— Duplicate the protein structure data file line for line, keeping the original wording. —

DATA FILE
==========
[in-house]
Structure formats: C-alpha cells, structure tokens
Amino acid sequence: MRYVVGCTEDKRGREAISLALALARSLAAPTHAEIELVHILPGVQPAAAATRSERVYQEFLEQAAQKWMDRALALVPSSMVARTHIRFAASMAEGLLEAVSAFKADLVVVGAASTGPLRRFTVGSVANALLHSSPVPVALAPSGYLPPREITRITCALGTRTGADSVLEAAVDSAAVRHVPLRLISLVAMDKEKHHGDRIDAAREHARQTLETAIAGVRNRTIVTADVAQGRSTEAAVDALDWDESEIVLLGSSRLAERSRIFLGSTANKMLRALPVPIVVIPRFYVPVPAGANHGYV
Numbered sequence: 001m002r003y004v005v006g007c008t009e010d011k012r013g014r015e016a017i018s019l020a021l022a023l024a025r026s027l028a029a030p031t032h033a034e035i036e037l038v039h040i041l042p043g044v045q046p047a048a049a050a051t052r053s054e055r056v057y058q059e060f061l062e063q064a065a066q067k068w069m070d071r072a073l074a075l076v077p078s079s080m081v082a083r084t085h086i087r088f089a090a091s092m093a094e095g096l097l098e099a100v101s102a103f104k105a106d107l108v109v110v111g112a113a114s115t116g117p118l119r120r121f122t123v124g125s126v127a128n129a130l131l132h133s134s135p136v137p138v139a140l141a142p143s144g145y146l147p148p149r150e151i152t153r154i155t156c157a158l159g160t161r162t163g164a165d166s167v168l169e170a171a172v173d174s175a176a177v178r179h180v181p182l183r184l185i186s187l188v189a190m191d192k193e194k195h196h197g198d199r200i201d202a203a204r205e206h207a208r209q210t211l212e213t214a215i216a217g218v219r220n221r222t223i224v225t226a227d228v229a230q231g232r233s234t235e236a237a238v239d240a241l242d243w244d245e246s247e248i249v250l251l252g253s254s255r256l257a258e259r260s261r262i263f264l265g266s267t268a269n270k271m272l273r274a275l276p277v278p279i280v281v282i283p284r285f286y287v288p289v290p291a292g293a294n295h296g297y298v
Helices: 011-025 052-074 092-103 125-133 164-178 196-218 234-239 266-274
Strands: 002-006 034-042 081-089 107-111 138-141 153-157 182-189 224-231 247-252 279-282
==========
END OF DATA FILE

[in-house]
Structure formats: C-alpha cells, structure tokens
Amino acid sequence: MRYVVGCTEDKRGREAISLALALARSLAAPTHAEIELVHILPGVQPAAAATRSERVYQEFLEQAAQKWMDRALALVPSSMVARTHIRFAASMAEGLLEAVSAFKADLVVVGAASTGPLRRFTVGSVANALLHSSPVPVALAPSGYLPPREITRITCALGTRTGADSVLEAAVDSAAVRHVPLRLISLVAMDKEKHHGDRIDAAREHARQTLETAIAGVRNRTIVTADVAQGRSTEAAVDALDWDESEIVLLGSSRLAERSRIFLGSTANKMLRALPVPIVVIPRFYVPVPAGANHGYV
Numbered sequence: 001m002r003y004v005v006g007c008t009e010d011k012r013g014r015e016a017i018s019l020a021l022a023l024a025r026s027l028a029a030p031t032h033a034e035i036e037l038v039h040i041l042p043g044v045q046p047a048a049a050a051t052r053s054e055r056v057y058q059e060f061l062e063q064a065a066q067k068w069m070d071r072a073l074a075l076v077p078s079s080m081v082a083r084t085h086i087r088f089a090a091s092m093a094e095g096l097l098e099a100v101s102a103f104k105a106d107l108v109v110v111g112a113a114s115t116g117p118l119r120r121f122t123v124g125s126v127a128n129a130l131l132h133s134s135p136v137p138v139a140l141a142p143s144g145y146l147p148p149r150e151i152t153r154i155t156c157a158l159g160t161r162t163g164a165d166s167v168l169e170a171a172v173d174s175a176a177v178r179h180v181p182l183r184l185i186s187l188v189a190m191d192k193e194k195h196h197g198d199r200i201d202a203a204r205e206h207a208r209q210t211l212e213t214a215i216a217g218v219r220n221r222t223i224v225t226a227d228v229a230q231g232r233s234t235e236a237a238v239d240a241l242d243w244d245e246s247e248i249v250l251l252g253s254s255r256l257a258e259r260s261r262i263f264l265g266s267t268a269n270k271m272l273r274a275l276p277v278p279i280v281v282i283p284r285f286y287v288p289v290p291a292g293a294n295h296g297y298v
Helices: 011-025 052-074 092-103 125-133 164-178 196-218 234-239 266-274
Strands: 002-006 034-042 081-089 107-111 138-141 153-157 182-189 224-231 247-252 279-282